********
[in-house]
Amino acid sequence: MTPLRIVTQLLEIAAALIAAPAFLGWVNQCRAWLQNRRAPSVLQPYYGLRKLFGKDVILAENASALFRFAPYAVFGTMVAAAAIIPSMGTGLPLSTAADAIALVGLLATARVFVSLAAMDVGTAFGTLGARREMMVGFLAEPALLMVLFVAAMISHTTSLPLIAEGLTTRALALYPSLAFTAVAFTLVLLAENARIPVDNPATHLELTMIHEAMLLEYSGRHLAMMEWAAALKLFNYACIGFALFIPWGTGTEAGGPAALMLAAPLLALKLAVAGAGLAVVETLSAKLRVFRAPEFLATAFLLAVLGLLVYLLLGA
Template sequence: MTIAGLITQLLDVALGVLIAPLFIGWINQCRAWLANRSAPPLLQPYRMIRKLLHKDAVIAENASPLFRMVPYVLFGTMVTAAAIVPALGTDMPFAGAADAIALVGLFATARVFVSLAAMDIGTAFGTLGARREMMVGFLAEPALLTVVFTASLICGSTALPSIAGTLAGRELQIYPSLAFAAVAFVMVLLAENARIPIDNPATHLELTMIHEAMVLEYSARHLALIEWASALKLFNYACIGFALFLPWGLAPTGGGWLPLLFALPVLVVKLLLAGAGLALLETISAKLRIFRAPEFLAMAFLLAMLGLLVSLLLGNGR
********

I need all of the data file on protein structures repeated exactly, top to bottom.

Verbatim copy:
[in-house]
Amino acid sequence: MTPLRIVTQLLEIAAALIAAPAFLGWVNQCRAWLQNRRAPSVLQPYYGLRKLFGKDVILAENASALFRFAPYAVFGTMVAAAAIIPSMGTGLPLSTAADAIALVGLLATARVFVSLAAMDVGTAFGTLGARREMMVGFLAEPALLMVLFVAAMISHTTSLPLIAEGLTTRALALYPSLAFTAVAFTLVLLAENARIPVDNPATHLELTMIHEAMLLEYSGRHLAMMEWAAALKLFNYACIGFALFIPWGTGTEAGGPAALMLAAPLLALKLAVAGAGLAVVETLSAKLRVFRAPEFLATAFLLAVLGLLVYLLLGA
Template sequence: MTIAGLITQLLDVALGVLIAPLFIGWINQCRAWLANRSAPPLLQPYRMIRKLLHKDAVIAENASPLFRMVPYVLFGTMVTAAAIVPALGTDMPFAGAADAIALVGLFATARVFVSLAAMDIGTAFGTLGARREMMVGFLAEPALLTVVFTASLICGSTALPSIAGTLAGRELQIYPSLAFAAVAFVMVLLAENARIPIDNPATHLELTMIHEAMVLEYSARHLALIEWASALKLFNYACIGFALFLPWGLAPTGGGWLPLLFALPVLVVKLLLAGAGLALLETISAKLRIFRAPEFLAMAFLLAMLGLLVSLLLGNGR